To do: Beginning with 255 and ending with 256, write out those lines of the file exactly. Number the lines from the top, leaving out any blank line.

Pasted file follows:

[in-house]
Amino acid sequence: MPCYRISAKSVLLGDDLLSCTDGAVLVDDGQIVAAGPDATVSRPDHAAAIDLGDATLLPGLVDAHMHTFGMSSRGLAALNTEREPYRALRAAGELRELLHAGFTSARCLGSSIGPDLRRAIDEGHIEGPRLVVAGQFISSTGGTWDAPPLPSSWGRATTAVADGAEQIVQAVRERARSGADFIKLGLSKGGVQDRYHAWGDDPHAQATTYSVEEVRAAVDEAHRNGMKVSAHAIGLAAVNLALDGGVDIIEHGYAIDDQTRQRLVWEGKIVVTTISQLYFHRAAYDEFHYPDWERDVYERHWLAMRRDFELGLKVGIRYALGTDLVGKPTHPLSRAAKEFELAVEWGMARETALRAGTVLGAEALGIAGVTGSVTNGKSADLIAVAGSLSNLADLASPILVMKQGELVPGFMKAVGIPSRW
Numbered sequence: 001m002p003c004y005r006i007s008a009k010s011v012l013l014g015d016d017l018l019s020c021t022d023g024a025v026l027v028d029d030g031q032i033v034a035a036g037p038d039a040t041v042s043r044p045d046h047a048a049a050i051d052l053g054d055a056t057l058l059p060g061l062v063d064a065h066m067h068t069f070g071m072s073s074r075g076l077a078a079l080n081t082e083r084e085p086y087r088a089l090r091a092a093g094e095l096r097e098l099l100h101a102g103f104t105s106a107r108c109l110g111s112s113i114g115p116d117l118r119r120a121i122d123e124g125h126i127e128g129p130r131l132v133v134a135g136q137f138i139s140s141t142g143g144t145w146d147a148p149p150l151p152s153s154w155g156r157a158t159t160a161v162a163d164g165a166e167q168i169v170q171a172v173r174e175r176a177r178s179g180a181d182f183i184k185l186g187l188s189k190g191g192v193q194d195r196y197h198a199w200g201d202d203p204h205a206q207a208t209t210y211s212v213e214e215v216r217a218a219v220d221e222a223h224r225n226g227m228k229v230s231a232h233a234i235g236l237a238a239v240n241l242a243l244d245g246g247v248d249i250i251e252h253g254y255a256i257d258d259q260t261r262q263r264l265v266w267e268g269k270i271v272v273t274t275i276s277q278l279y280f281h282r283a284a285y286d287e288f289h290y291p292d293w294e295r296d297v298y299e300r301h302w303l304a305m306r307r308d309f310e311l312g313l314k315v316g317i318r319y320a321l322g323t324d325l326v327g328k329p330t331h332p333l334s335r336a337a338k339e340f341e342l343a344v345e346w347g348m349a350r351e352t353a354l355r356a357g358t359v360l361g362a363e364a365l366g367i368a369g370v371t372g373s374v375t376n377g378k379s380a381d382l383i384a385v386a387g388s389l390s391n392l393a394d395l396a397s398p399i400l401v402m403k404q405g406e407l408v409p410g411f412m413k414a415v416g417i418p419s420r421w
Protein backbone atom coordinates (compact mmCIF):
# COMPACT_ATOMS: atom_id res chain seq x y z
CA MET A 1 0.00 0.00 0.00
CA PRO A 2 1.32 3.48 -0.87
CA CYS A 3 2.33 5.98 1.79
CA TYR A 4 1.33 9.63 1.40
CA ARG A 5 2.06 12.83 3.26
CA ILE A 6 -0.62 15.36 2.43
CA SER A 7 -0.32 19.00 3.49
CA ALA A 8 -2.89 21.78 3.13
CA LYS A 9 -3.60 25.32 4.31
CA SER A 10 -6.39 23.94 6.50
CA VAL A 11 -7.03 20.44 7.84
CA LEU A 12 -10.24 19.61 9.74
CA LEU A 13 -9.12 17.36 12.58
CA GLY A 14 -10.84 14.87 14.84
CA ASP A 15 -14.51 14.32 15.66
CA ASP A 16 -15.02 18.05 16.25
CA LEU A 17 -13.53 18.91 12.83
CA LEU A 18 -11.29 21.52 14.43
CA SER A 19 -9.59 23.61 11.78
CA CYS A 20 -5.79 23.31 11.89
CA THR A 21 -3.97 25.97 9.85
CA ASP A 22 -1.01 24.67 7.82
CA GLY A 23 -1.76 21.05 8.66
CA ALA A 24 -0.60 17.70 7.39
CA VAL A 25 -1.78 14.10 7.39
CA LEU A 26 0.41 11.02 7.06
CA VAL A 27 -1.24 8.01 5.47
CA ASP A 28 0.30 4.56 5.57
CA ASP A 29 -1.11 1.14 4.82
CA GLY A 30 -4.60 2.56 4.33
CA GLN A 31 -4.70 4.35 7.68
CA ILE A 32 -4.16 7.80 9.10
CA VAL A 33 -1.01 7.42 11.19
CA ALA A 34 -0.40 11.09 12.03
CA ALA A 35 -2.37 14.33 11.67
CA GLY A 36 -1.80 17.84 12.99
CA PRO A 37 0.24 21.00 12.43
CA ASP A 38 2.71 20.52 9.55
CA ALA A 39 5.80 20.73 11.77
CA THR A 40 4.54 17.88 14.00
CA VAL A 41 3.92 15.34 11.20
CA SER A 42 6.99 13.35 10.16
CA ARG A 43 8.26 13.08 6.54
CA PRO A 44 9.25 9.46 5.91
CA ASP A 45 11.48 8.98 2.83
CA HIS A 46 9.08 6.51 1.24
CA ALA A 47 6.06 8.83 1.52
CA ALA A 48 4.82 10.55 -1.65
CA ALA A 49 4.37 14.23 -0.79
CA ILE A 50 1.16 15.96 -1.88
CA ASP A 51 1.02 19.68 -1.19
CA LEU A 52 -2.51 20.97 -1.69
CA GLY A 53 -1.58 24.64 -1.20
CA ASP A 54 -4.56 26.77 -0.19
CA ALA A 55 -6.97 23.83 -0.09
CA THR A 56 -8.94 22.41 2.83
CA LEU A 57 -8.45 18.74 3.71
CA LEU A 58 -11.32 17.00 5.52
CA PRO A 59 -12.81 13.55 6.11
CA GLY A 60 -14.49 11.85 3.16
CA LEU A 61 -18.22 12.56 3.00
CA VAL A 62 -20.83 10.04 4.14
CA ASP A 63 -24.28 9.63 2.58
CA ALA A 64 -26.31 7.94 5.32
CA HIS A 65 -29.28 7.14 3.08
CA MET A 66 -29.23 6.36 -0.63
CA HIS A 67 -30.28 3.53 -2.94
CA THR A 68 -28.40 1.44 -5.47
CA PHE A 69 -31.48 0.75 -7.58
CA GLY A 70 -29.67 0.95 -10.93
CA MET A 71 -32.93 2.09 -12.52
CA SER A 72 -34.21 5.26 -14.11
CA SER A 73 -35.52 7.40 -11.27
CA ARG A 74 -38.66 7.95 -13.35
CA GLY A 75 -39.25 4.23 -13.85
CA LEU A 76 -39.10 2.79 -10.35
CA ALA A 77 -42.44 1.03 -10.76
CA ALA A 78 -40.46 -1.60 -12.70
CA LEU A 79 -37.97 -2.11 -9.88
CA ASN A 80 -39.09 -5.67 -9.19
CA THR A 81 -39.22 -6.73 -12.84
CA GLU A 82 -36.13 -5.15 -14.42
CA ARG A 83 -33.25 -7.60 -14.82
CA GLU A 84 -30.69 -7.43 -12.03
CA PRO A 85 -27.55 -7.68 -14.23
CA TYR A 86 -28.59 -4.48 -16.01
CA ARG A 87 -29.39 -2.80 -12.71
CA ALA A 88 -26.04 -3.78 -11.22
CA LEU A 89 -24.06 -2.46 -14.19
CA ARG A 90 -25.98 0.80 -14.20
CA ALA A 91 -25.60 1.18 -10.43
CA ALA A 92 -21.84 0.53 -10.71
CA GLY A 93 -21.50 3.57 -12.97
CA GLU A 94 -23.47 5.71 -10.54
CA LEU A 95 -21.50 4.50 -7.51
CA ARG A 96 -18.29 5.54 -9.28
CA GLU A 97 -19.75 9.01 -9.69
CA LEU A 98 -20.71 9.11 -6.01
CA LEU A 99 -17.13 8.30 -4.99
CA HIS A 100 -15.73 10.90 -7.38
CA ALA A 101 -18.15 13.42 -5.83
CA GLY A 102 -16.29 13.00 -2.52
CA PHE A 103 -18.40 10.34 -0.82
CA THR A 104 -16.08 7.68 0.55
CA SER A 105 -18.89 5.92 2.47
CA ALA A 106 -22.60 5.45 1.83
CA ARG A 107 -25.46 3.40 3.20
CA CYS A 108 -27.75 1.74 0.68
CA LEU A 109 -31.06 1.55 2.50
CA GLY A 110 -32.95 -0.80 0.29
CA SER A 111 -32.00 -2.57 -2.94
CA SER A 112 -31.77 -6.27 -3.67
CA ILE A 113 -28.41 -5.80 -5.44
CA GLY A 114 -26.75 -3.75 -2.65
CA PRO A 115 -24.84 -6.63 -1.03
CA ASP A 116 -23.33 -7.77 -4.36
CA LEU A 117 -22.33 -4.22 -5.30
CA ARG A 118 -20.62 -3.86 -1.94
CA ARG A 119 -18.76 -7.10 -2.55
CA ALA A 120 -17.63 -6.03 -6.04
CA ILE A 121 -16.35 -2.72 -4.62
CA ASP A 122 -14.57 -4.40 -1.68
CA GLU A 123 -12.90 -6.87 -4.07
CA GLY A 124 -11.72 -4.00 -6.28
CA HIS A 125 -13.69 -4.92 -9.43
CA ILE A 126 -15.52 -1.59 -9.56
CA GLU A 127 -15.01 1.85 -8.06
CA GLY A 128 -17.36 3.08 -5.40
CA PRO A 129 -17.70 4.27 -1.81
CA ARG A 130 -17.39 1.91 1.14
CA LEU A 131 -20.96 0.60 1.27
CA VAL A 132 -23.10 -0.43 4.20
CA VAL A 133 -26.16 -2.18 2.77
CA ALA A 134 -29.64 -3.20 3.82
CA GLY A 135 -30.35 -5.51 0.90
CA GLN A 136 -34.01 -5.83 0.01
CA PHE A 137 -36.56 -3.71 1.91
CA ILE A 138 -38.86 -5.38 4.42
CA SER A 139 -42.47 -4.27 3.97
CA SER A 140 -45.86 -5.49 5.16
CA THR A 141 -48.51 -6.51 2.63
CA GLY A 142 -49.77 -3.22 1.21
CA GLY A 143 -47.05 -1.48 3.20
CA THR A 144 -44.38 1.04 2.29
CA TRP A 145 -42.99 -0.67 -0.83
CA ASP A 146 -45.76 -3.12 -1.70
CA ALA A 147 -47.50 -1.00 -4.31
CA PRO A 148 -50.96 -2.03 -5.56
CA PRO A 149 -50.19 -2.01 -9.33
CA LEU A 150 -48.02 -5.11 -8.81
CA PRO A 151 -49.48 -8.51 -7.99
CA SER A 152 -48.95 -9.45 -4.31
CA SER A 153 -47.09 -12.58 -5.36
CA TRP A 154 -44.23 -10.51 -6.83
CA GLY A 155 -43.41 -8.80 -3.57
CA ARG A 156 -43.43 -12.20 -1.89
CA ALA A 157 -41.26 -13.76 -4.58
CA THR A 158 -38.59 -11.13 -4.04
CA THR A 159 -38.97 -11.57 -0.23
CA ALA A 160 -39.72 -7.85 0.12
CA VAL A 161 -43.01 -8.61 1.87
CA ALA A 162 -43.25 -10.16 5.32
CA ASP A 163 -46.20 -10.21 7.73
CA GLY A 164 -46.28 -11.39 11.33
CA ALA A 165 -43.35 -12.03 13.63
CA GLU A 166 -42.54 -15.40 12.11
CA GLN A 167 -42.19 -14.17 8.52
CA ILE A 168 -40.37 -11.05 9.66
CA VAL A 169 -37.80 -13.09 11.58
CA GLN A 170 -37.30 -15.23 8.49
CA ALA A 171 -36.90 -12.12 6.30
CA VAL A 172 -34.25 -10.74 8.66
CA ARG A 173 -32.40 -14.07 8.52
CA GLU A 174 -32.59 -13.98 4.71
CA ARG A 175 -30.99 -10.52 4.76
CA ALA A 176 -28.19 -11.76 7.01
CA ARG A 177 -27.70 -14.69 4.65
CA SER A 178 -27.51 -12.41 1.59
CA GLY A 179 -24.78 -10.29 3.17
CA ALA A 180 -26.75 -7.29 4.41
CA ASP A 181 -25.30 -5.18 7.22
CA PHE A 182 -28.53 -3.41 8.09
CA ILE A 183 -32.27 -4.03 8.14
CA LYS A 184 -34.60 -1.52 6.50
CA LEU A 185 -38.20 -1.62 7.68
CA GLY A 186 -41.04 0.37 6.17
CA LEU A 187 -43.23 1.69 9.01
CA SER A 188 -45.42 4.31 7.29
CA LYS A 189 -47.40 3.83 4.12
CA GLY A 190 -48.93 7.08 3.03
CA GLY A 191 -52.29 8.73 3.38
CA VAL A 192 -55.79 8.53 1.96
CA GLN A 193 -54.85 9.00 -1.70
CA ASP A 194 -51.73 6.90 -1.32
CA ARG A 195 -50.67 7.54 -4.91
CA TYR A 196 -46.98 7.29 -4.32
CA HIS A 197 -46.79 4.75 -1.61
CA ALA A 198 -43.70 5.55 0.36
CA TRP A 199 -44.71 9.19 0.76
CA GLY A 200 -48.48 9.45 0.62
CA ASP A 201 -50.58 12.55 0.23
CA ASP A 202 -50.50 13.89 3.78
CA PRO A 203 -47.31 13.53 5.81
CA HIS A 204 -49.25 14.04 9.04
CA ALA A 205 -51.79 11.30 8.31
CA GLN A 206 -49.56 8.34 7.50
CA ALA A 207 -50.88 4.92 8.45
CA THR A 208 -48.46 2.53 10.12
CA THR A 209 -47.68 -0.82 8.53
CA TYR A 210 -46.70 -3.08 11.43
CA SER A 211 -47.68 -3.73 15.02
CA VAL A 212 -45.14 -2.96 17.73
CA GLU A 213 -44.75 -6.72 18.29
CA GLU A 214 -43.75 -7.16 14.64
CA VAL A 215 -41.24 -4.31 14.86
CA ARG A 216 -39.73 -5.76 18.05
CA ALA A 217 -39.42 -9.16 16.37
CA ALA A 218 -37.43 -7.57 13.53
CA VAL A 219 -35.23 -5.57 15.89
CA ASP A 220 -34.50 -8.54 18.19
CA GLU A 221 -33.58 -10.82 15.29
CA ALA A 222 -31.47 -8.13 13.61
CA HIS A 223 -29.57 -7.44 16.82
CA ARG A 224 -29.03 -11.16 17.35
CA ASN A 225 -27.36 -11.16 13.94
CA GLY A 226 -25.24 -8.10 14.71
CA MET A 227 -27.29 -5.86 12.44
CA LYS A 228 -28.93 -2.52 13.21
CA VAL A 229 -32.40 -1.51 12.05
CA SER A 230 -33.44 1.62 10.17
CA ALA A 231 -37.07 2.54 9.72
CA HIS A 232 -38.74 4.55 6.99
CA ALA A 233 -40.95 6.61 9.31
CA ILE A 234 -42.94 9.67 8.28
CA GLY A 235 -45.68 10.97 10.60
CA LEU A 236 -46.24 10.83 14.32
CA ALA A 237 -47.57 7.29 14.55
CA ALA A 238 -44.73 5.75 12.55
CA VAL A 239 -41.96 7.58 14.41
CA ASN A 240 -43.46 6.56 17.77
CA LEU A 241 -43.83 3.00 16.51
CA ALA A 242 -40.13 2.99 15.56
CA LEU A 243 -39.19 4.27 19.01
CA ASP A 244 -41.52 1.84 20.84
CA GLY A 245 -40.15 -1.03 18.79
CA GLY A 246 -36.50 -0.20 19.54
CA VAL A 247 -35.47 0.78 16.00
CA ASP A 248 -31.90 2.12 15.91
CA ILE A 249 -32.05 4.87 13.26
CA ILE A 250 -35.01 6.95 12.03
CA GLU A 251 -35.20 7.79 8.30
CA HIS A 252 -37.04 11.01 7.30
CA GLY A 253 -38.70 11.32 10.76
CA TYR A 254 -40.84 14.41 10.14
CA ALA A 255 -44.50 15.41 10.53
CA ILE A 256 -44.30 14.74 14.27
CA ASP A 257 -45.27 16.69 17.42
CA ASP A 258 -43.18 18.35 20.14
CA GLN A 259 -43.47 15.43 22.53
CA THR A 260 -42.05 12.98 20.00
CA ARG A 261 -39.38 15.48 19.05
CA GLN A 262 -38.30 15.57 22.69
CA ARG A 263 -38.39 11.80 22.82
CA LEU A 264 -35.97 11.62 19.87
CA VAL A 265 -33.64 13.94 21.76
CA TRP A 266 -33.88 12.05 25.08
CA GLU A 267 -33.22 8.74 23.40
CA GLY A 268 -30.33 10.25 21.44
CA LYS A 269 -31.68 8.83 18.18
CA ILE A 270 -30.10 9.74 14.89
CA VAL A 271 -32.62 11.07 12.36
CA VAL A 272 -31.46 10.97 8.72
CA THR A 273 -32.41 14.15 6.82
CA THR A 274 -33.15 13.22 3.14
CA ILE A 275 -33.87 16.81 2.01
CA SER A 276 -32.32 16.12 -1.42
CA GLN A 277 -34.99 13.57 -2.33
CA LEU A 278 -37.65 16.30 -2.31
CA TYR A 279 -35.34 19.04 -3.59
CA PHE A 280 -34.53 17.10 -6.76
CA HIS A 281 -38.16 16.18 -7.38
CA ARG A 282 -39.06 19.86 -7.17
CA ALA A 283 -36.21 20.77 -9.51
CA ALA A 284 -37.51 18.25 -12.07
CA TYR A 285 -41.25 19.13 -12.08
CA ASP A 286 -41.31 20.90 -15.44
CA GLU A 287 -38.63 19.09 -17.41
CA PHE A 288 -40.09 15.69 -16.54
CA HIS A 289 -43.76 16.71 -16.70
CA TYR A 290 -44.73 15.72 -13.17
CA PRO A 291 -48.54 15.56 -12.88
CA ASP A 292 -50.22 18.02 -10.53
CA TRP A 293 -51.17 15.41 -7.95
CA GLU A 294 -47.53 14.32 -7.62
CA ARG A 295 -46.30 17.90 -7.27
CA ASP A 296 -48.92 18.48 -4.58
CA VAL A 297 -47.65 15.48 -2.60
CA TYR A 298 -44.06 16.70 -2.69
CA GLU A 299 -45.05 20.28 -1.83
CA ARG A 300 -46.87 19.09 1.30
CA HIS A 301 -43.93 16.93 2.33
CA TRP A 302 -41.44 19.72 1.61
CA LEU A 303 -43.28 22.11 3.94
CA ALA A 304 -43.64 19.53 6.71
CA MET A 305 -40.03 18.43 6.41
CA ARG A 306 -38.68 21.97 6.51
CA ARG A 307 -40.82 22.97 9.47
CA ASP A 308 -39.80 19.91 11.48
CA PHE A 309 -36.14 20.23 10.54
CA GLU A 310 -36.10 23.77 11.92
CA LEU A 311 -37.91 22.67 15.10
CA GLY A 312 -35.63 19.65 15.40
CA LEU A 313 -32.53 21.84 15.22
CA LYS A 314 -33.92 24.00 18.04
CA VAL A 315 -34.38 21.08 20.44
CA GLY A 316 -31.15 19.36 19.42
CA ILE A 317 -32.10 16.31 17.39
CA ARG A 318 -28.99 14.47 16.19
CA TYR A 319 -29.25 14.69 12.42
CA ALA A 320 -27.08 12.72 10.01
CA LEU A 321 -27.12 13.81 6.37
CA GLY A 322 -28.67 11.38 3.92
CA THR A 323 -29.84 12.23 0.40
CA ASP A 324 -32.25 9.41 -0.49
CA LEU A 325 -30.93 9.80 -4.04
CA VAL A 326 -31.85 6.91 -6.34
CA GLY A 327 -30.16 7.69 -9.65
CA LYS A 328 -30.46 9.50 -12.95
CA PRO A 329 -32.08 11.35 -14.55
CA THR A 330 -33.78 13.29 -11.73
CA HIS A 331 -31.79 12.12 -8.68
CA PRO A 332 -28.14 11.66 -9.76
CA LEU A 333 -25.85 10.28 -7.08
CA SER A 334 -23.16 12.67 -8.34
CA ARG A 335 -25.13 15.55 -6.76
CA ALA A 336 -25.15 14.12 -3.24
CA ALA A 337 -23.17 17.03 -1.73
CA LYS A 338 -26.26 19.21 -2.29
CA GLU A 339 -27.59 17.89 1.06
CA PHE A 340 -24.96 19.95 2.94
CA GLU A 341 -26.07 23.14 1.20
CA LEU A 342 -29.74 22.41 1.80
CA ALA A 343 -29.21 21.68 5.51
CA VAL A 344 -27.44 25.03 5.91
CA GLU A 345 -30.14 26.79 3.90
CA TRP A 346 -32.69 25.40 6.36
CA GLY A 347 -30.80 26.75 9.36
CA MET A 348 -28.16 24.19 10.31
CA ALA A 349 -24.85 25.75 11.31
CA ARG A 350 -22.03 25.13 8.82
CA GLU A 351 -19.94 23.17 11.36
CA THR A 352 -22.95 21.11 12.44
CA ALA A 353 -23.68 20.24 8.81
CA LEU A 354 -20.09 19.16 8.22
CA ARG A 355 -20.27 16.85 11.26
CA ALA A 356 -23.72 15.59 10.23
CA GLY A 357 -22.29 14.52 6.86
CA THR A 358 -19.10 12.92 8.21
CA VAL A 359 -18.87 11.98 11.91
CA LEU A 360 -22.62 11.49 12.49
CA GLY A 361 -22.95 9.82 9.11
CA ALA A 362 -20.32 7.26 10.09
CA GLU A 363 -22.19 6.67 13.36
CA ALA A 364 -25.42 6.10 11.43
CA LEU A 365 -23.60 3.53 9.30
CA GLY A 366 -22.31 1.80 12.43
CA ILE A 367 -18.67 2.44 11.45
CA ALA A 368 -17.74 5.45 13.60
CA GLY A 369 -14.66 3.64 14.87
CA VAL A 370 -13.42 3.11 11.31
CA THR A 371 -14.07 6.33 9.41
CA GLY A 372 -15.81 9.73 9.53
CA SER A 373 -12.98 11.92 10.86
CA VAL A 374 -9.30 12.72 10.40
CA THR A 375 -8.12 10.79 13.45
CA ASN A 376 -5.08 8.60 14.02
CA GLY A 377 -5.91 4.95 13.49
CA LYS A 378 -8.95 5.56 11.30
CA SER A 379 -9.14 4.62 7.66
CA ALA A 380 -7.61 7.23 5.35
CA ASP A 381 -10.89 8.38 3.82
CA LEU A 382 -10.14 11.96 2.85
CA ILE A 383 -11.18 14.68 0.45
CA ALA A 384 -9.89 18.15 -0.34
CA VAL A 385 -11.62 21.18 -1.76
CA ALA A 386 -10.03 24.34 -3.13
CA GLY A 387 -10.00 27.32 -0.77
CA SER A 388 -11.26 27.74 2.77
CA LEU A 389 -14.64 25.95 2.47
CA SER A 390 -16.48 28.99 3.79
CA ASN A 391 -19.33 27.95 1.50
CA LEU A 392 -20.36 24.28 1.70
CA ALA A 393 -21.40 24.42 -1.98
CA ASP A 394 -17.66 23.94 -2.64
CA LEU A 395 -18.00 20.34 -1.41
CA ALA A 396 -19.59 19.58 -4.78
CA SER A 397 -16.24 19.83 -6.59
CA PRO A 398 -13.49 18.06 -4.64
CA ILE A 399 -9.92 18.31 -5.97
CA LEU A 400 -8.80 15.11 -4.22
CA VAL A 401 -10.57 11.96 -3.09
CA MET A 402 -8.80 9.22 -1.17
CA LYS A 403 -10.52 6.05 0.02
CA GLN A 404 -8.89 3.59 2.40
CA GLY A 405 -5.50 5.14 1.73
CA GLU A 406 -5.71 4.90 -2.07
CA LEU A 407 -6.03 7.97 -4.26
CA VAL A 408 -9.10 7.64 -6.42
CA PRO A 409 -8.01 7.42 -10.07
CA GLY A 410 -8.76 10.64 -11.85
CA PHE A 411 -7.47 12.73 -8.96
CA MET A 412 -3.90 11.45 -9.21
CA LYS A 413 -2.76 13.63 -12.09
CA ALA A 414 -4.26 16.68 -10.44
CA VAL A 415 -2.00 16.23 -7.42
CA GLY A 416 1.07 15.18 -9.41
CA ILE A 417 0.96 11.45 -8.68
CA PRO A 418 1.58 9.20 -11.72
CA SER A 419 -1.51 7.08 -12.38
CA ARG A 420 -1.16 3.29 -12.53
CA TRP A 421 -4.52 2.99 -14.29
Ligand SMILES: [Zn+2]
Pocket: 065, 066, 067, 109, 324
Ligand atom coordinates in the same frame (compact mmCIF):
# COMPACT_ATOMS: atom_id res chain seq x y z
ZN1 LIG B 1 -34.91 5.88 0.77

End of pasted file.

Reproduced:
CA ILE A 250 -35.01 6.95 12.03
CA GLU A 251 -35.20 7.79 8.30